a philosophy of religion blog
Hi EAWhile I'd agree that, after reflection, belief in God's existence isn't justified, I'm not sure about some of Mizrahi's arguments: With respect to a posteriori arguments, the paper seems to imply that there is no possible empirical observations based on which one should regard God's existence as more or less probable. But God, if he existed, would be morally perfect. That provides some info about his psychology, and so some observations - e.g., all of the suffering in the world - may count against it - and I think they do. That God is supernatural (by that I mean what Mizrahi means in the paper), unobservable, etc., doesn't seem to preclude that. For example, we have empirical evidence against the existence of, say, an omnipotent, omniscient, supernatural being D who necessarily values the non-existence of predators above all else: our empirical observations that there are predators count against D (even if one consistently hold that D exists and is hiding by giving us false observations, but theory is always underdetermined by observations). Perhaps, Mizrahi is using the word "God" in a different way, so that we may not make psychological inferences. In that case, it seems more plausible that there is no empirical observation that would help - but it's no problem for an non-theist who argues against a morally perfect, omnipotent omniscient creator. As for a priori arguments, Mizrahi seems to equate them to conceptual arguments. But that's at least controversial. For example, a priori one can tell that it's immoral for people to torture others for fun. Is that a conceptual truth? Some theories (e.g., analytical descriptivism) imply it is, but that's controversial. Also, there is the issue of intuitive probabilistic assessments. They are (I think) a priori, but not conceptual. In any case, they seem to be sometimes sufficient for knowledge. For example, someone may posit a logically consistent skeptical hypothesis SH10 that holds that the universe was created 10 minutes ago, we got fake memories, etc., and we were made by an omnipotent being who wants to hide from us, making it look like the universe is old, etc. There is no conceptual argument against SH10 as far as I can tell, and I don't think that there is an empirical one, either (given how SH10 is constructed, it looks unfalsifiable to me).However, it seems reasonable to me to assign an extremely low probability to SH10 (don't we know that SH10 is false?). This isn't to say that some observations or a priori arguments would justify theistic belief: maybe no a priori arguments would help, and a posteriori arguments might at best justify increasing a (human) person's proper probabilistic assignment to the God hypothesis, but remaining very low.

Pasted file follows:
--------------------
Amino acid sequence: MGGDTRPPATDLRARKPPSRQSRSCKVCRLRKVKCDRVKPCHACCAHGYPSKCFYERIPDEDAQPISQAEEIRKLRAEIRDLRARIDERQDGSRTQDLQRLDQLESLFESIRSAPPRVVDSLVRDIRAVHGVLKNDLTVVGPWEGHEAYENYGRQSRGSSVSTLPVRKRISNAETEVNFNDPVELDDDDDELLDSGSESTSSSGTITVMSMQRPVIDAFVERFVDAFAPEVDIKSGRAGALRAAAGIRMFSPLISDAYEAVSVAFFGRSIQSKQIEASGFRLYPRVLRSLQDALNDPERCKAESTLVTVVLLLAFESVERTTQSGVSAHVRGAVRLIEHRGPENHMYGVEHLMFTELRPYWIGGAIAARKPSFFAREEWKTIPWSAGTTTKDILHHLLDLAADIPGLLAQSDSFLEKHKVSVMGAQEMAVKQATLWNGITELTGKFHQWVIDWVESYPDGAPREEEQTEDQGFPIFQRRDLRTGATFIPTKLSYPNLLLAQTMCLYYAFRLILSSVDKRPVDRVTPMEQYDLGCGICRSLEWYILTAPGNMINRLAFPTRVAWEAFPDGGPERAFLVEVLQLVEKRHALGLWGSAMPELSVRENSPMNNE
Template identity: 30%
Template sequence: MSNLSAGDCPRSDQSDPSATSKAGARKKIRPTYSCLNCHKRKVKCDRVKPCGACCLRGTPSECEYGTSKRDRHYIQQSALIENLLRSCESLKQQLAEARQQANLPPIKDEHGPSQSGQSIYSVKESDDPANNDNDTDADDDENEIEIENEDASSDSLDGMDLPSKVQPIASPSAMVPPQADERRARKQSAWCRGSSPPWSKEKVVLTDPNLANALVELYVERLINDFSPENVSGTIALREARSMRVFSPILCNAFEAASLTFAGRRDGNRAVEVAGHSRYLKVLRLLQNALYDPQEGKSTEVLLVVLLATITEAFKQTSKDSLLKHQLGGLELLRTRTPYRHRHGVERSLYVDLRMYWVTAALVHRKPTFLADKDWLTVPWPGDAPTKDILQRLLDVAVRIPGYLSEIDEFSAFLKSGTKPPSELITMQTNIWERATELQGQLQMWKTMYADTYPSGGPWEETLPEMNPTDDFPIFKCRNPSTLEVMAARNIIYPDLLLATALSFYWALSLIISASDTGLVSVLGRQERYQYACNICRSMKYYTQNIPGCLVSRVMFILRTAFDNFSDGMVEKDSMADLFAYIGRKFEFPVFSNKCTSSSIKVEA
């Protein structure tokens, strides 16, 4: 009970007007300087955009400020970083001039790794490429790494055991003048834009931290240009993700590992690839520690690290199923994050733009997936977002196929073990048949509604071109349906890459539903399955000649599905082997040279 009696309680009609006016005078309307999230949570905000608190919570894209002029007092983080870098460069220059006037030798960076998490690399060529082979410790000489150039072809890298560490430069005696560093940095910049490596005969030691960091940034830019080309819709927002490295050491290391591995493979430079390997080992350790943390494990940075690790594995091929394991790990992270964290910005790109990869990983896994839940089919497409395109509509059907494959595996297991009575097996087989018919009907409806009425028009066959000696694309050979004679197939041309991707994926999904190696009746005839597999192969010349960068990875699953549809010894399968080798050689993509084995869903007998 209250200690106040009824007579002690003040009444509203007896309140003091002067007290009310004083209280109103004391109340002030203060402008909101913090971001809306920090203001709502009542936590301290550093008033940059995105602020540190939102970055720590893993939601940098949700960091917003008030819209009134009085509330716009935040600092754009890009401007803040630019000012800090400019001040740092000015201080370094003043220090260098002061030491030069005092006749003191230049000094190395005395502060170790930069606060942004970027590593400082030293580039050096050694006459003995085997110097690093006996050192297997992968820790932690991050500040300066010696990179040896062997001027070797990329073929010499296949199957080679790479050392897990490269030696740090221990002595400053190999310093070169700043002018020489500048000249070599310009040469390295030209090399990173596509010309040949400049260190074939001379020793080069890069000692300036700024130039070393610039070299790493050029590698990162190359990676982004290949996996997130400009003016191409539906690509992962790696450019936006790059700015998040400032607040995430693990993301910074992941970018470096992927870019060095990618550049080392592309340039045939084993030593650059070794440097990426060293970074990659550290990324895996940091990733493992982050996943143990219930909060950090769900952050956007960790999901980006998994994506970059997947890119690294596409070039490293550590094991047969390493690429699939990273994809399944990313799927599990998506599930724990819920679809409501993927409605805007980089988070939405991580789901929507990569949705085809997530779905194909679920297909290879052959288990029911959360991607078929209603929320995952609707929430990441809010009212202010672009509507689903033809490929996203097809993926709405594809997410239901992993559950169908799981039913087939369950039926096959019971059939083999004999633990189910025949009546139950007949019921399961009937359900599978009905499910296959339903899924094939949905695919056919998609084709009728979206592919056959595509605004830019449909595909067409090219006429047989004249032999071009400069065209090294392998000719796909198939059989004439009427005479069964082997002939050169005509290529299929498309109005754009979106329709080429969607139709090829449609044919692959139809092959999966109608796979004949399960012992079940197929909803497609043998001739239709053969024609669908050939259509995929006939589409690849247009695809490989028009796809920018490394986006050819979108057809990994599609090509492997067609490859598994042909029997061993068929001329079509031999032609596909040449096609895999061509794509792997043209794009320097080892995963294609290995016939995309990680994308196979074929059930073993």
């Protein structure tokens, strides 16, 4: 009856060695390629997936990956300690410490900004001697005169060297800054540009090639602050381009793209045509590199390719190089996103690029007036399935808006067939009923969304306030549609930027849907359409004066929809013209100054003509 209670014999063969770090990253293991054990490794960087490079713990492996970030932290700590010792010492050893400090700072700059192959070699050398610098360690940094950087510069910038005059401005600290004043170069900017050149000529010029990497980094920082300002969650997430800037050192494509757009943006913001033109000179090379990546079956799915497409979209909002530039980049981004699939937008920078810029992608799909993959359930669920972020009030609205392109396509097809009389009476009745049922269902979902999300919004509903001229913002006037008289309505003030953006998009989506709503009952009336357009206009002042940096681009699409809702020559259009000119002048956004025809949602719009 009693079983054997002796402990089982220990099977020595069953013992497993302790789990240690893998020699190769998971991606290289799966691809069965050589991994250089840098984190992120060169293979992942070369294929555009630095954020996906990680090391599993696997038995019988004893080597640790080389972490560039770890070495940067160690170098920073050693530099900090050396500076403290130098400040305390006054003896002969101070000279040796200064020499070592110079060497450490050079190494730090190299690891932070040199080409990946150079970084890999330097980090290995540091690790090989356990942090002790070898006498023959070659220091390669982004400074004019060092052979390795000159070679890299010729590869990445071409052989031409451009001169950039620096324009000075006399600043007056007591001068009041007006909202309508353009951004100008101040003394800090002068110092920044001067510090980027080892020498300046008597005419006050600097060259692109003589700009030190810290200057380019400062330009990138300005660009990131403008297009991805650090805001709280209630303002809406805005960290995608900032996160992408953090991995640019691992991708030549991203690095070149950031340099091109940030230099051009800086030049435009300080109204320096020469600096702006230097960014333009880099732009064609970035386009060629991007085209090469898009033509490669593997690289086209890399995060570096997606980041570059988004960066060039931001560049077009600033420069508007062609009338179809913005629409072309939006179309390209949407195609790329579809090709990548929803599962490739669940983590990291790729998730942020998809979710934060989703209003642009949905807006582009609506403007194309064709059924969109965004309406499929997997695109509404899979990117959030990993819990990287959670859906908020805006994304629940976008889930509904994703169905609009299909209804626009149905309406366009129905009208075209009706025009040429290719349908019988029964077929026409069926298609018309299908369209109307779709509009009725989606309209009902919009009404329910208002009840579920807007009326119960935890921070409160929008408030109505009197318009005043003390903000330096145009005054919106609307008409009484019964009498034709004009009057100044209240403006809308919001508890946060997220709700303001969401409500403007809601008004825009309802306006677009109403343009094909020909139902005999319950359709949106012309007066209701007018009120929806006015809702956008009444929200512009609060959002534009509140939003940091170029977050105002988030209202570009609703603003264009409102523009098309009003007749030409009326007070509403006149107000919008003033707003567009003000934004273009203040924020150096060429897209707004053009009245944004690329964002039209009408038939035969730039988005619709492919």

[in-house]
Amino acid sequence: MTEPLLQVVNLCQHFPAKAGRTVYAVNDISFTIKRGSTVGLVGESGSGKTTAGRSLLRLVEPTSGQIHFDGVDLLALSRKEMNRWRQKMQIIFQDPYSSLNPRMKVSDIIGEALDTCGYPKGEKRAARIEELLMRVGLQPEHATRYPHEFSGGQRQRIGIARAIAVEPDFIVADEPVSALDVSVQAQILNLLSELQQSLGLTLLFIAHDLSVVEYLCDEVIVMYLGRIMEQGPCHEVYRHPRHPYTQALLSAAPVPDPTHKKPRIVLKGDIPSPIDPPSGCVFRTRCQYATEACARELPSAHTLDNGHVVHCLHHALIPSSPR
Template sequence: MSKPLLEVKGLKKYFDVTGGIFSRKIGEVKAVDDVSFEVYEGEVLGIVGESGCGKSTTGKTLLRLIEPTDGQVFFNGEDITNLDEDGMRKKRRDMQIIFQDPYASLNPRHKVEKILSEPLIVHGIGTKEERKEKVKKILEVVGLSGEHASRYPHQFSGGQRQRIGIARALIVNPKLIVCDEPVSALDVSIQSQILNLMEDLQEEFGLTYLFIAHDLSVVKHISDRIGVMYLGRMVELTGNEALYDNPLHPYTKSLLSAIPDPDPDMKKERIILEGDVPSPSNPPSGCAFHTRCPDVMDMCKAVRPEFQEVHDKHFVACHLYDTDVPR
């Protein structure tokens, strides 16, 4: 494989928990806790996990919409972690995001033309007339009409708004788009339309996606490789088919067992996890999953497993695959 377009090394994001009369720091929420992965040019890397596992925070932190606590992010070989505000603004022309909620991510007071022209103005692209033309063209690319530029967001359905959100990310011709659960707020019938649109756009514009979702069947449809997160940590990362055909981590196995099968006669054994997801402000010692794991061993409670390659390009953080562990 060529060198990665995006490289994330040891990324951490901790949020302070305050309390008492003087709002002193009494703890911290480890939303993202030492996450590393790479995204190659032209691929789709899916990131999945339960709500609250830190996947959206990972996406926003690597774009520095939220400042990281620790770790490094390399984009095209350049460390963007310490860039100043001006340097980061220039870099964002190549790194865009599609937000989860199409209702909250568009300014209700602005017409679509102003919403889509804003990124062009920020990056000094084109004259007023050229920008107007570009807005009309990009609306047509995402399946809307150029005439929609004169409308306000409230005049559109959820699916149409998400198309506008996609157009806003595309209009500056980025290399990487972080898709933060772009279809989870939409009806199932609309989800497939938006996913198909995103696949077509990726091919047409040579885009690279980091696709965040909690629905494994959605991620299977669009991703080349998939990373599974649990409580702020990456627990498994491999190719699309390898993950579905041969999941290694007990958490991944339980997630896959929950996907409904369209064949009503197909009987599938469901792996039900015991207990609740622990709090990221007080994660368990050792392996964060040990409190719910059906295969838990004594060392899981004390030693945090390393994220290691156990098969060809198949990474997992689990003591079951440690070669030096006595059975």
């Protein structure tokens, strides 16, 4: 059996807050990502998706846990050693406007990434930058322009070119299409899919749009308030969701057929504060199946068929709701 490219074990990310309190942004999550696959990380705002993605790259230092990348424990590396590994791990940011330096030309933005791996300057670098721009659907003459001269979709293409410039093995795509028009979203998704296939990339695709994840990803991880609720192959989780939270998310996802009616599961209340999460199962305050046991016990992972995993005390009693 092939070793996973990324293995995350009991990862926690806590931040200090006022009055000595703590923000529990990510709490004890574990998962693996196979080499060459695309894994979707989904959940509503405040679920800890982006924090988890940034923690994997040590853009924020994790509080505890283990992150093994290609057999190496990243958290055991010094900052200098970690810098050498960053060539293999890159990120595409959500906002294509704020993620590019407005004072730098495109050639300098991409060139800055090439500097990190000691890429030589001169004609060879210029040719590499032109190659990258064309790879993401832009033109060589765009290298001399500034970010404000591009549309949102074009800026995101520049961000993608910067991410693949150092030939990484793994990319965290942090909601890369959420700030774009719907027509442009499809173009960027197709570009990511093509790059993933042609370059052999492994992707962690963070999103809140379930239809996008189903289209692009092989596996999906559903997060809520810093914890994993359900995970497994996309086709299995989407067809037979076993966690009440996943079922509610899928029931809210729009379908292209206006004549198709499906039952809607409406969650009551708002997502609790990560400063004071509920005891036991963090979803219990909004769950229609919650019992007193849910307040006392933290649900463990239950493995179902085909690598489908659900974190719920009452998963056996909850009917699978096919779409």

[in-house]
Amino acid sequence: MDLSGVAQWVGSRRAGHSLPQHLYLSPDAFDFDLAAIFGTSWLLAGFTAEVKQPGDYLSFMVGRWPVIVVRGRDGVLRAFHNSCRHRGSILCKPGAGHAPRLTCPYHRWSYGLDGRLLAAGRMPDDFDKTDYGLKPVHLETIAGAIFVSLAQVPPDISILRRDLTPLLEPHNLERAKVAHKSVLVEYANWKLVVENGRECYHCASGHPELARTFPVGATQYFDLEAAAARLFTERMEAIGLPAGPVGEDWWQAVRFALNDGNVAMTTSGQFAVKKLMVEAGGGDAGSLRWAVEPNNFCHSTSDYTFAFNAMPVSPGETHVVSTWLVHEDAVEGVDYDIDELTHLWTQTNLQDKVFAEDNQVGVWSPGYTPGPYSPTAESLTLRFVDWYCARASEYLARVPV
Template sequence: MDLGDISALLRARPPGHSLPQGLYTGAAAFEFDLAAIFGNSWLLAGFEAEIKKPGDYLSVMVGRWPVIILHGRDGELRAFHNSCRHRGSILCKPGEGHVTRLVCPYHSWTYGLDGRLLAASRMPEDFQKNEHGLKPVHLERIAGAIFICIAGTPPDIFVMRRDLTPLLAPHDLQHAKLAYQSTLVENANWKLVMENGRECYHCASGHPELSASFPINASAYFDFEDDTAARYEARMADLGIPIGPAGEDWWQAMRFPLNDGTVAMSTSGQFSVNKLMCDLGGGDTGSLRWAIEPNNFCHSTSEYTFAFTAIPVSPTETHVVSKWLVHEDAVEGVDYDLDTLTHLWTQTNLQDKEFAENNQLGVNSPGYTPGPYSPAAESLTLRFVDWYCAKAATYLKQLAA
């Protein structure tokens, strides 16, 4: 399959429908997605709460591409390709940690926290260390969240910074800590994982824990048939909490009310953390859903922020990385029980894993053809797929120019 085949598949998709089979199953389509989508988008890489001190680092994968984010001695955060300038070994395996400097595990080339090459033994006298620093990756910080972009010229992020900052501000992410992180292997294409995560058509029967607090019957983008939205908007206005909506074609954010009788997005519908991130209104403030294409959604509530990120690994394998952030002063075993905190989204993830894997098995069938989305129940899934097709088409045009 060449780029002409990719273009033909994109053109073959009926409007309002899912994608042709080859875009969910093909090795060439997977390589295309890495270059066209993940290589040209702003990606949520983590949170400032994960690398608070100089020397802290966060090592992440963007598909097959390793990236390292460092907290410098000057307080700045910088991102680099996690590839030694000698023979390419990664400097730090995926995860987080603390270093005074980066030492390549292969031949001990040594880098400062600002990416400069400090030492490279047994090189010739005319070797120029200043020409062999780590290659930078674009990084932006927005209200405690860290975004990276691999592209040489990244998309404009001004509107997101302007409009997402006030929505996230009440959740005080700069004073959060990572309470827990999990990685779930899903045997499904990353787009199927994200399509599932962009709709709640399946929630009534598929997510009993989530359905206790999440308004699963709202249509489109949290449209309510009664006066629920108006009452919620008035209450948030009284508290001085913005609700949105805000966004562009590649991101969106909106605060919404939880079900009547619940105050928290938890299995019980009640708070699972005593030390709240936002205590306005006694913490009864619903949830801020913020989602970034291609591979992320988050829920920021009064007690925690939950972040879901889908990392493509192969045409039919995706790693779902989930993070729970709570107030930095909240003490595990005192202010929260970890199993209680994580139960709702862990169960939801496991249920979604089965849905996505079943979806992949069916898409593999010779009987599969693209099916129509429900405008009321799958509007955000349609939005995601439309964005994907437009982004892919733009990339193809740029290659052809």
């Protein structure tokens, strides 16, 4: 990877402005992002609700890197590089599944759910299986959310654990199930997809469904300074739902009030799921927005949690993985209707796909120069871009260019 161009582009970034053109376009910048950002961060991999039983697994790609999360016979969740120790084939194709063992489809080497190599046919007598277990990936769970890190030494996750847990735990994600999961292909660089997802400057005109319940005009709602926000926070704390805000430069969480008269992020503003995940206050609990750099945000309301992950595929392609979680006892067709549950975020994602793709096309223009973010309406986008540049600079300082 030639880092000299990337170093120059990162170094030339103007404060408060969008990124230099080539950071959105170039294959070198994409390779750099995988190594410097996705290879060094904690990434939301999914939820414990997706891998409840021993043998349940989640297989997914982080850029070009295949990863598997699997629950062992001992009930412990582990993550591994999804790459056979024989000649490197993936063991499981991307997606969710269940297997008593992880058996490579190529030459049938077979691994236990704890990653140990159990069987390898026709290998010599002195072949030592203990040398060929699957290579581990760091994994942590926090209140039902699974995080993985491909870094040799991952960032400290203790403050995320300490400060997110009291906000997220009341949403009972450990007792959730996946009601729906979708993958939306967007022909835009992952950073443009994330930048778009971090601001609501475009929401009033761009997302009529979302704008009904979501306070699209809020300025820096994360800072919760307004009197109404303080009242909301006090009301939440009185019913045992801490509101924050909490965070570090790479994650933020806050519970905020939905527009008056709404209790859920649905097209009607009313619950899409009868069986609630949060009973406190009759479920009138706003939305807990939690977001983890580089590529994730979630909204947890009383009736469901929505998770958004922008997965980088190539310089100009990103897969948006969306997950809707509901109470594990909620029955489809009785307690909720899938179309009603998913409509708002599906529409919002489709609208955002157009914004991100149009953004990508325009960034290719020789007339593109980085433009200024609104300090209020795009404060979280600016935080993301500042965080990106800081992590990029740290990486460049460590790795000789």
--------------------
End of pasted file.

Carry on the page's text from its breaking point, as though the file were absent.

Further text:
Not even slightly persuaded by this paper. But I wanted to point out this snippet which I thought was humorous: "In terms of unification, the natural (psychotropic drugs or weak magnetic fields) and thesupernatural (God) explanations seem to account for the phenomena of religiousexperience equally well."The sort of religious experiences I am familiar with from the first person perspective being accounted for by weak magnetic fields strikes me as .... weak. My friends who do LSD have told me that when they are sober, they are atheists, and when on LSD they are theists. Of course there's something to the idea that religious experiences can be caused by drugs. Except, you know, when there aren't drugs.
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